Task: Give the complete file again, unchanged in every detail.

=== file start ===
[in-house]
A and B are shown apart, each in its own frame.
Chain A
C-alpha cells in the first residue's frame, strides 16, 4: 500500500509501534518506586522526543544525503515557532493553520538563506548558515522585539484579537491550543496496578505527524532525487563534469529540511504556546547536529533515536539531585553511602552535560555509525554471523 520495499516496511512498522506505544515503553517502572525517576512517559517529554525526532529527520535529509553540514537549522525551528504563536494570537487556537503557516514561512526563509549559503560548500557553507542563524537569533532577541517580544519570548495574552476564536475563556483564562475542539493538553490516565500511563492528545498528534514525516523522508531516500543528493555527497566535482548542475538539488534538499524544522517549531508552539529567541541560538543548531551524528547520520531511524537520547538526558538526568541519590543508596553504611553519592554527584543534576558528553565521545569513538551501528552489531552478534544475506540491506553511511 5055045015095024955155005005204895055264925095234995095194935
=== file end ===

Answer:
[in-house]
A and B are shown apart, each in its own frame.
Chain A
C-alpha cells in the first residue's frame, strides 16, 4: 500500500509501534518506586522526543544525503515557532493553520538563506548558515522585539484579537491550543496496578505527524532525487563534469529540511504556546547536529533515536539531585553511602552535560555509525554471523 520495499516496511512498522506505544515503553517502572525517576512517559517529554525526532529527520535529509553540514537549522525551528504563536494570537487556537503557516514561512526563509549559503560548500557553507542563524537569533532577541517580544519570548495574552476564536475563556483564562475542539493538553490516565500511563492528545498528534514525516523522508531516500543528493555527497566535482548542475538539488534538499524544522517549531508552539529567541541560538543548531551524528547520520531511524537520547538526558538526568541519590543508596553504611553519592554527584543534576558528553565521545569513538551501528552489531552478534544475506540491506553511511 5055045015095024955155005005204895055264925095234995095194935